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Workable Workers' Comp

March 31, 2004

The final deadline for a new package of legislative reforms for the costly and troubled workers' comp system keeps sliding. The latest date is April 16, when state business leaders will, absent a deal in Sacramento, turn over 598,000 voter signatures to make good on their threat to put a harsh workers' compensation reform initiative on the November ballot. The delays in legislative negotiations aren't necessarily bad. In fact, it's just as likely they mean the two sides are going to reach a deal. Sacramento periodically buzzes with rumors that agreement is near.

It's been harder than it should be. Other states operate workers' comp programs that are cost-effective and deliver necessary care to injured workers. There's no reason the governor and state Legislature can't fix the $22-billion system that is the single largest drag on California's economy. The hard part is shutting out the noise generated by insurance companies, doctors, lawyers, unions and others with a financial interest in the outcome. Here are three key barriers and ways that negotiators can get around them.

* Democrats and laissez-faire Republicans are at odds over re-regulating private insurers to assure that rates charged employers come down. The state could sidestep the issue by granting insurers a grace period while making it clear that regulators will act if reforms are enacted and premiums don't substantially fall.

* Labor and management can't agree on who should pick a worker's doctor when an injury occurs. It's a no-win argument because employees risk being sent to the cheapest alternative if employers choose, and the system is open to abuse if employees alone choose. The state should allow employees to choose, but from a pool of credentialed doctors and therapists. The state also must keep track of charges to root out healthcare providers who abuse the system with bogus treatment and exorbitant fees.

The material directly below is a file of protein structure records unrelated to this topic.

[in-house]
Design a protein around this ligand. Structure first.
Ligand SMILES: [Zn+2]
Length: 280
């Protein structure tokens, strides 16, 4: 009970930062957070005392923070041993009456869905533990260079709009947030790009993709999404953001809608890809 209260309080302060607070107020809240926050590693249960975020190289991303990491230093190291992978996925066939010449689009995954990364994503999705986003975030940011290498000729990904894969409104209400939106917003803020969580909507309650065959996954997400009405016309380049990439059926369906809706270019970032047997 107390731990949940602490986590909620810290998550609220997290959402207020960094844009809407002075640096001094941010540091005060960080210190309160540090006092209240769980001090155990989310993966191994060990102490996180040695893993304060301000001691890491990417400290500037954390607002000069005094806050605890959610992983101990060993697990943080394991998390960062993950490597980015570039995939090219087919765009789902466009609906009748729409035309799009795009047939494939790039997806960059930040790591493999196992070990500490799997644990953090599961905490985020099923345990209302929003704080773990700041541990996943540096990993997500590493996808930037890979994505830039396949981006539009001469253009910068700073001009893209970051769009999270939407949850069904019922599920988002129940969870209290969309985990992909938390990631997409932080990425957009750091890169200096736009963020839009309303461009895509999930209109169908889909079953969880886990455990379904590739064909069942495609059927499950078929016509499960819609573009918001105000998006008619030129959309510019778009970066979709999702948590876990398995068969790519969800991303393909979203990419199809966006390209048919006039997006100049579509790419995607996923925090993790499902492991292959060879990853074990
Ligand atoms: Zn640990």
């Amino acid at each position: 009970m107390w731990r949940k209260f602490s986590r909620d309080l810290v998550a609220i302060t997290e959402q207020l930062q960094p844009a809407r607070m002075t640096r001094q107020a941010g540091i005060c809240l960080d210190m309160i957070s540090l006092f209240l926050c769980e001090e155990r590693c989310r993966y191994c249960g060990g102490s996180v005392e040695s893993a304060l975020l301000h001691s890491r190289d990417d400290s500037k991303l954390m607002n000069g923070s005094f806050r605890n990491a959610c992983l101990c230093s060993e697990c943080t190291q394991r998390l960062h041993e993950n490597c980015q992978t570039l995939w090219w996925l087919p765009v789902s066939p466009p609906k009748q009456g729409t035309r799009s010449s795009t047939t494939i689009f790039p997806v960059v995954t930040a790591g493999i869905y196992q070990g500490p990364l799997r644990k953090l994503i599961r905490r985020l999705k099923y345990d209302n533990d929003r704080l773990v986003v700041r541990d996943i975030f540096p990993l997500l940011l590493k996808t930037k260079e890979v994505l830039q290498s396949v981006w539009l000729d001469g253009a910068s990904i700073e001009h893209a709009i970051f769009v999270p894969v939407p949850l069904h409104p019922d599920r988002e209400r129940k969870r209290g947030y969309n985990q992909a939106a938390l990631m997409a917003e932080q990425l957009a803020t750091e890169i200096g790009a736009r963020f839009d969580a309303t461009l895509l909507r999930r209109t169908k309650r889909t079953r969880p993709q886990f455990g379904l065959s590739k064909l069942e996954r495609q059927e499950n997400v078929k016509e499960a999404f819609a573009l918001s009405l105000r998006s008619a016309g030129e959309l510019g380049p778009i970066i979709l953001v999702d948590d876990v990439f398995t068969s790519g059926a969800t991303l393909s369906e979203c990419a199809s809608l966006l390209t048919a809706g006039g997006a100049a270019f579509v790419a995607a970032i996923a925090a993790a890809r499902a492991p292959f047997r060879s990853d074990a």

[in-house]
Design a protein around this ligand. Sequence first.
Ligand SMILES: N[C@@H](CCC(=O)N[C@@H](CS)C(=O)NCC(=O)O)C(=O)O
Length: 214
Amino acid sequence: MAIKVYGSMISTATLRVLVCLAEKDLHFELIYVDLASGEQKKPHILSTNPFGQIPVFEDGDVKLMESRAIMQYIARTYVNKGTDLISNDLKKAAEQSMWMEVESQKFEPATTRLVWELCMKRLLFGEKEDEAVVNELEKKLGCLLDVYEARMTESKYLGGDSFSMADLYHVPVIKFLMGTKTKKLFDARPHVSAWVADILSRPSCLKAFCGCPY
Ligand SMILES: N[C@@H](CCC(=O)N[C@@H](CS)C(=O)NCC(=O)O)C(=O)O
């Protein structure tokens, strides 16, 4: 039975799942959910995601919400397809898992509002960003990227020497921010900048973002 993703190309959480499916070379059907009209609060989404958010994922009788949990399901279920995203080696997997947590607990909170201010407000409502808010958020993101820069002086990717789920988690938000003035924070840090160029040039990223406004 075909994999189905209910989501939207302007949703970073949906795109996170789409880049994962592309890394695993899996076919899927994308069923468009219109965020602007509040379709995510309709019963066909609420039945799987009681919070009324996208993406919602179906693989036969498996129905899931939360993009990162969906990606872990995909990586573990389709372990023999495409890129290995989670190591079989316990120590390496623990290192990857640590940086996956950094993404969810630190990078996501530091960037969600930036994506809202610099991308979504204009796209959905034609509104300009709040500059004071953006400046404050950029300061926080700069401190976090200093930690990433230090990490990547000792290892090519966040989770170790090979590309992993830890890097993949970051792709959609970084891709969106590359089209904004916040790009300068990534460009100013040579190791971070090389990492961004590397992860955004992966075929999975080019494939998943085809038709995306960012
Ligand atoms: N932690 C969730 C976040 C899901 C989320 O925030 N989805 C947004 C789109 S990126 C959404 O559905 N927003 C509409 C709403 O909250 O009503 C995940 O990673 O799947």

* Business insists that injuries be determined solely through "objective" medical means. That ignores the medical reality that X-rays and CAT scans don't always uncover painful and real back problems and other soft-tissue injuries. Other states bring objectivity to the process by using guidelines established by national medical organizations. California should incorporate one of the national standards, adapted to meet the state's mix of occupations.

Gov. Arnold Schwarzenegger has telegraphed how he would campaign for the November initiative. Like most bumper-sticker slogans, his call to "join Arnold, fix workers' compensation and terminate fraud" is simplistic. California employers pay the nation's highest workers' compensation insurance premiums, while workers have some of the weakest benefits. Any solution that isn't balanced will, like power deregulation and other hasty, one-sided "reforms," fail in the end.

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